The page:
“Quality is a function that truly goes end to end at Johnson & Johnson,” she said. “I’m so passionate about being a hands-on leader who supports teams spanning the true lifecycle of our products, from R&D to manufacturing, distribution and commercialization.”

Interestingly, “hands on” describes the kind of impact that Carol’s making in a more literal sense as well.

“I recently had to have some stitches here on my back,” she said, “and when they pulled those Ethicon stitches out”—Ethicon is part of the Johnson & Johnson Family of Companies—”I was very proud to say, ‘My team participated in the manufacture of those!’”

Women’s representation in supply chain roles

Johnson & Johnson has been championing women in the workplace for more than 130 years—in fact, eight of our first 14 J&J employees were women at the time of the company’s founding. Unfortunately, however, women are still underrepresented in the supply chain workforce at large.

Research backs this up: As of 2021, for example, women made up just 41 percent of the global supply chain workforce, an improvement of only two percent from the year before. And if you zoom in on the executive level, even those modest gains start to slip away. For instance, during that same period, the percentage of supply chain executive leadership roles held by women actually declined.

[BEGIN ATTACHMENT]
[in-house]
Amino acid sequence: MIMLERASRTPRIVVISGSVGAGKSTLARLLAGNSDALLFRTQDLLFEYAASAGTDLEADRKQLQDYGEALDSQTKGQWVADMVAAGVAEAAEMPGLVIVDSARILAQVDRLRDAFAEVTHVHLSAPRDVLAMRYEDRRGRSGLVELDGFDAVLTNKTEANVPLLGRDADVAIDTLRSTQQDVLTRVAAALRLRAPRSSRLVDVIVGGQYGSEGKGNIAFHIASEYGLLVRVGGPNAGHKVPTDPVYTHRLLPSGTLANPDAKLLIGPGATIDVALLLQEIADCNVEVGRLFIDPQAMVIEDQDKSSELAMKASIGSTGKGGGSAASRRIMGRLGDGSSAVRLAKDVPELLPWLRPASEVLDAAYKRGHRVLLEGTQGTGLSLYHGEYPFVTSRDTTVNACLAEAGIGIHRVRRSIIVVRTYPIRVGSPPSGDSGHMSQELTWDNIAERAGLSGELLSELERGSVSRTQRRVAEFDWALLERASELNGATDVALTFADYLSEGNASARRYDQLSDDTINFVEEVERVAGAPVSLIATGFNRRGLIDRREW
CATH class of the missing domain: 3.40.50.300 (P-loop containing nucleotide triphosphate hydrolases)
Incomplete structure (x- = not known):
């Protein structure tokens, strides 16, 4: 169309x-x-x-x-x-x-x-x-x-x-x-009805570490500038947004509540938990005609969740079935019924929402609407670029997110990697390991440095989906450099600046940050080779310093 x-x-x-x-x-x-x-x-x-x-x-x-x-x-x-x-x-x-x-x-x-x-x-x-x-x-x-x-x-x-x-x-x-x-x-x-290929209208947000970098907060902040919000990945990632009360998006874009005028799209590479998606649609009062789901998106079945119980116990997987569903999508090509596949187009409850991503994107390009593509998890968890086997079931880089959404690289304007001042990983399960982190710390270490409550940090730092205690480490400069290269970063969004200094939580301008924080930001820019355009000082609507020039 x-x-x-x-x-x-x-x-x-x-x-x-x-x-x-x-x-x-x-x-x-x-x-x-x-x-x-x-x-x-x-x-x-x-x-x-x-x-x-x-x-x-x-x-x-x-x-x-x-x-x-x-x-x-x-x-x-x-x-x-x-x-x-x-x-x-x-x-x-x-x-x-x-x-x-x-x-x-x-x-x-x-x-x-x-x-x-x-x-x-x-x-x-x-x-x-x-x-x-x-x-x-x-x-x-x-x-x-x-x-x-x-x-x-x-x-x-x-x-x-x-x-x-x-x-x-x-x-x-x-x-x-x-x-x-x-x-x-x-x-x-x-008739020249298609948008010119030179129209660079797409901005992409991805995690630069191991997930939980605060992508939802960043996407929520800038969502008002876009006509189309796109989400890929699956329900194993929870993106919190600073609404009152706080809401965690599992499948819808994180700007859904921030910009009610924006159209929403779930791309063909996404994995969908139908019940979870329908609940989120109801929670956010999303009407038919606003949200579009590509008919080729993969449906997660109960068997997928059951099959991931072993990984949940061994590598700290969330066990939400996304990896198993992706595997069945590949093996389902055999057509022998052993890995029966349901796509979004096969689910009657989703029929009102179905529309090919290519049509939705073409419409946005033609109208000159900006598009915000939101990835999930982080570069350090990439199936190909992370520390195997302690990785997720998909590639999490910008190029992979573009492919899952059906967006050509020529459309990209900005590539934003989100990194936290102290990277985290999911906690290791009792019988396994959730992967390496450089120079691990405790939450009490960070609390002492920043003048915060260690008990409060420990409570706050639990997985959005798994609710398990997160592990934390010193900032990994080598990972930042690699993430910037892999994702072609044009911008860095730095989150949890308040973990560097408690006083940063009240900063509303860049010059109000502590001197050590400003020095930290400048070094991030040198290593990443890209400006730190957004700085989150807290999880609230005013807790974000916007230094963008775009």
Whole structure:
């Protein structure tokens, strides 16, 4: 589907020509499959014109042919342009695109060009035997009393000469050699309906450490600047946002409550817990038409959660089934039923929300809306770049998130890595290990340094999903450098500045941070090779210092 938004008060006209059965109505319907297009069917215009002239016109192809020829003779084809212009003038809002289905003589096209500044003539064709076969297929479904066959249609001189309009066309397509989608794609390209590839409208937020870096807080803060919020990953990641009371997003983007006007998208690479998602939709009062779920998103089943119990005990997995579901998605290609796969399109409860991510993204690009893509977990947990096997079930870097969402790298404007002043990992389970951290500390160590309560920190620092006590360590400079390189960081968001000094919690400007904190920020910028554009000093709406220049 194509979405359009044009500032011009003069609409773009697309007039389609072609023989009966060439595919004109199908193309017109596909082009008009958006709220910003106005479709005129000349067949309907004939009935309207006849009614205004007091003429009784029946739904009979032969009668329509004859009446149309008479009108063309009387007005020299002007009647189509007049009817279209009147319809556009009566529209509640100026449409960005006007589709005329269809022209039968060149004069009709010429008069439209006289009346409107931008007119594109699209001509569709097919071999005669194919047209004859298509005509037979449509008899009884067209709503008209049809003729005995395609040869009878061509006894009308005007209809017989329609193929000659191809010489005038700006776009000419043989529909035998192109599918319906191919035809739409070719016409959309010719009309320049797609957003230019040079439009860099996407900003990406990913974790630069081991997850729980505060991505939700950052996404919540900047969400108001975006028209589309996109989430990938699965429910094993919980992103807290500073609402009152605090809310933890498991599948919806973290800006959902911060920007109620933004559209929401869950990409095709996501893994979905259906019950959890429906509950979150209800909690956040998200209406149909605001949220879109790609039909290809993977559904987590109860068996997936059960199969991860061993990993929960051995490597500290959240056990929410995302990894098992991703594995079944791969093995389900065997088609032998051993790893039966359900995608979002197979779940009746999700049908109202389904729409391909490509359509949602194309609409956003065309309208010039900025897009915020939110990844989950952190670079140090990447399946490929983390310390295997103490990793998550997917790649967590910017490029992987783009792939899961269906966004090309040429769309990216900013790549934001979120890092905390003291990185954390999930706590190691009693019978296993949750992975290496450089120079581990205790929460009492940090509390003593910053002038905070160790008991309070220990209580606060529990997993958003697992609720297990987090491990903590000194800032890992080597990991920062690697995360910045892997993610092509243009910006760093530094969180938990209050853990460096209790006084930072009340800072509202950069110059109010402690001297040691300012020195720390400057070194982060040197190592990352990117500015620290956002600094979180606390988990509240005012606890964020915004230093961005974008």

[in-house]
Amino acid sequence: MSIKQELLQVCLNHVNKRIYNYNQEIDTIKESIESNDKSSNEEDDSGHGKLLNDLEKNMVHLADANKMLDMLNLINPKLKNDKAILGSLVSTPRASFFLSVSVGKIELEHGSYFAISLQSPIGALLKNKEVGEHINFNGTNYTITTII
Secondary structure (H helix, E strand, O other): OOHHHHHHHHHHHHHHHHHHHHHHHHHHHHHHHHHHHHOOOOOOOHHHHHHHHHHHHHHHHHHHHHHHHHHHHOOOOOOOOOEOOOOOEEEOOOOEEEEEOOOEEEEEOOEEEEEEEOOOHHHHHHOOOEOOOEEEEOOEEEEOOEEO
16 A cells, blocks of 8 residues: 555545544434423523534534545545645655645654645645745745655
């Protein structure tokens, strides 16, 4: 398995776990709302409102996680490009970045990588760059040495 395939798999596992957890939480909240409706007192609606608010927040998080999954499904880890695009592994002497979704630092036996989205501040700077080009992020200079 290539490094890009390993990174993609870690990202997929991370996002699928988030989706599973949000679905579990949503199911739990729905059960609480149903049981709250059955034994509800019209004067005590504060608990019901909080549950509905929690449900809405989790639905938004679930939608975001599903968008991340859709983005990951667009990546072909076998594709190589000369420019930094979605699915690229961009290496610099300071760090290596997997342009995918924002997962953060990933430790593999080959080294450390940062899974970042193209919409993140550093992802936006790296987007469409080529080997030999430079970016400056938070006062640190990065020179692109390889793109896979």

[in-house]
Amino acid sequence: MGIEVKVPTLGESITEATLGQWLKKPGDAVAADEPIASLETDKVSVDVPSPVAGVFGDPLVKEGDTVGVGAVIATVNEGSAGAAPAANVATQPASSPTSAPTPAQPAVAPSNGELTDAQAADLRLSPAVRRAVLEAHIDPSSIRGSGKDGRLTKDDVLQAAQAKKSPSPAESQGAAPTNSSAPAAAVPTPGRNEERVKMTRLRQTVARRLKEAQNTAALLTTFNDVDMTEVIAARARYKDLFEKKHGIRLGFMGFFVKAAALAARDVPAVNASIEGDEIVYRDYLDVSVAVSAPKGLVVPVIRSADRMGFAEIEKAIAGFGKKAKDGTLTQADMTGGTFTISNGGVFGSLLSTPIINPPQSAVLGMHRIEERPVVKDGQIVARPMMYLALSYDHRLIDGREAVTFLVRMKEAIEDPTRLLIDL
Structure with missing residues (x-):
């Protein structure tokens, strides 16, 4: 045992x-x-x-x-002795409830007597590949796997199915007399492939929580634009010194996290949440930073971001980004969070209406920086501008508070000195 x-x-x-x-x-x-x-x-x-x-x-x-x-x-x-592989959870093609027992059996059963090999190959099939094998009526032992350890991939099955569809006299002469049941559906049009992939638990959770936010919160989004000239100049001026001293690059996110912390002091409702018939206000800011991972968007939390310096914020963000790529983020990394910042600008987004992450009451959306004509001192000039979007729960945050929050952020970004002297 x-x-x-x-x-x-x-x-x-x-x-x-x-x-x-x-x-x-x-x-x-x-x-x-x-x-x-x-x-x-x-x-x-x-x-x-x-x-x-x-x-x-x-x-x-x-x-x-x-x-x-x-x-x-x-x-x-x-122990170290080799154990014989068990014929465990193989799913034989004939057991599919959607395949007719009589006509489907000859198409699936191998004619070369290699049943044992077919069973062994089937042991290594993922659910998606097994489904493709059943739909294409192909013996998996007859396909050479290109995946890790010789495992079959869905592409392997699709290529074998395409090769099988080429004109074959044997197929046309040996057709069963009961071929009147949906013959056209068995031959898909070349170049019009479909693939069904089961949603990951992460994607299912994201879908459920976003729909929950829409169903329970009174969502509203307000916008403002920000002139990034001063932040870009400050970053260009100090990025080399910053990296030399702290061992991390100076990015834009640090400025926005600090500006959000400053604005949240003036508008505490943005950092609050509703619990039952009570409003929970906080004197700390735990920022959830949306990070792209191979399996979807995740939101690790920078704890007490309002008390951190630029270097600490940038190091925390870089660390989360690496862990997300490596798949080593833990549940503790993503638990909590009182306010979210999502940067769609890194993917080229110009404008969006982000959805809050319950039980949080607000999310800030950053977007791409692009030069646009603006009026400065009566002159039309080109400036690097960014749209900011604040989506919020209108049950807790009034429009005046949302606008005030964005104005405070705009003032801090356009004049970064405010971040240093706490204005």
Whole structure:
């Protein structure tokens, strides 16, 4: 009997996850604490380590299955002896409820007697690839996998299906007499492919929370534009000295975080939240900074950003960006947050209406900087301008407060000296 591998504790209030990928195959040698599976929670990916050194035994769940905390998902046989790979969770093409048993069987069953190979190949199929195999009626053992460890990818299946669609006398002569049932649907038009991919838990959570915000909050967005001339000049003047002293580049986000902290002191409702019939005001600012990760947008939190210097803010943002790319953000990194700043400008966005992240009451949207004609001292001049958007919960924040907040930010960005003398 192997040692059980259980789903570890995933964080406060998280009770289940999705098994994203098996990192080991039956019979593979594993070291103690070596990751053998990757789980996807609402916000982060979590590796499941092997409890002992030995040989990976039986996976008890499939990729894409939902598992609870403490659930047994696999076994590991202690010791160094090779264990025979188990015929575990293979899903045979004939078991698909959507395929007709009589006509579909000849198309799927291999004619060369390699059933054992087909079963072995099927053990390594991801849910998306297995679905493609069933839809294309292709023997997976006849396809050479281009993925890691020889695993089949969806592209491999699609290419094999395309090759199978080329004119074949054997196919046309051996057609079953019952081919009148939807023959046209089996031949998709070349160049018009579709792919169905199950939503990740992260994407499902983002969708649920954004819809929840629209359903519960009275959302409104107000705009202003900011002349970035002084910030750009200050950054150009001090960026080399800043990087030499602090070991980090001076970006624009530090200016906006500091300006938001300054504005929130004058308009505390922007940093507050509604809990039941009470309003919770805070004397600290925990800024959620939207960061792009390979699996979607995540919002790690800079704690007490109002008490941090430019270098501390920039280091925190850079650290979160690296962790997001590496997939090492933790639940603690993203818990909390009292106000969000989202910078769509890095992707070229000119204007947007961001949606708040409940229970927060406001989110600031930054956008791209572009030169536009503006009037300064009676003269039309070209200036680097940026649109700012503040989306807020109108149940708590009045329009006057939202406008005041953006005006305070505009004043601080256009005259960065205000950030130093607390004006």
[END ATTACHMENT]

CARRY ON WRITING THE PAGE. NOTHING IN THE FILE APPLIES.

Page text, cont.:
In that context, Johnson & Johnson remains very much an outlier. “I’m extremely proud to say that we’re pretty much 50/50 in terms of gender representation within the quality and compliance functions globally,” Carol observed.

At the same time, she and her colleagues recognize that these gains have been hard won, and they continue to fight to bring more women into the field.

She described one example of that: “We’re cross-pollinating people in manufacturing roles with people in quality roles, because the best quality or compliance person is someone who understands how to manufacture the product, and the best manufacturing person is someone who understands quality and compliance.”

Meanwhile, for any young woman contemplating a career in supply chain, Carol had this to say: “I believe supply chain is built for women. Women know how to multitask. We’re used to having to fire-fight, whether that means dealing with your kids, balancing work/life priorities, whatever. And if you’re anything like me—if you get bored easily by repetitive tasks, if you gain energy by constantly tackling new challenges, if you want to see tangible outcomes result from your efforts—then this is the field for you.”

Join our supply chain team today

Ready to team up with Carol, Kathy and countless other women managing our global supply chain at Johnson & Johnson? To make a real-world impact in an inclusive environment? To constantly take on new challenges while always being challenged to grow?

If so, check out all of the supply chain roles we’re hiring for at Johnson & Johnson.

In the interim, you should sign up for our global talent community, too. It’s an easy way to stay in touch, learn more about our culture at Johnson & Johnson and even get updates about jobs that might interest you in the future.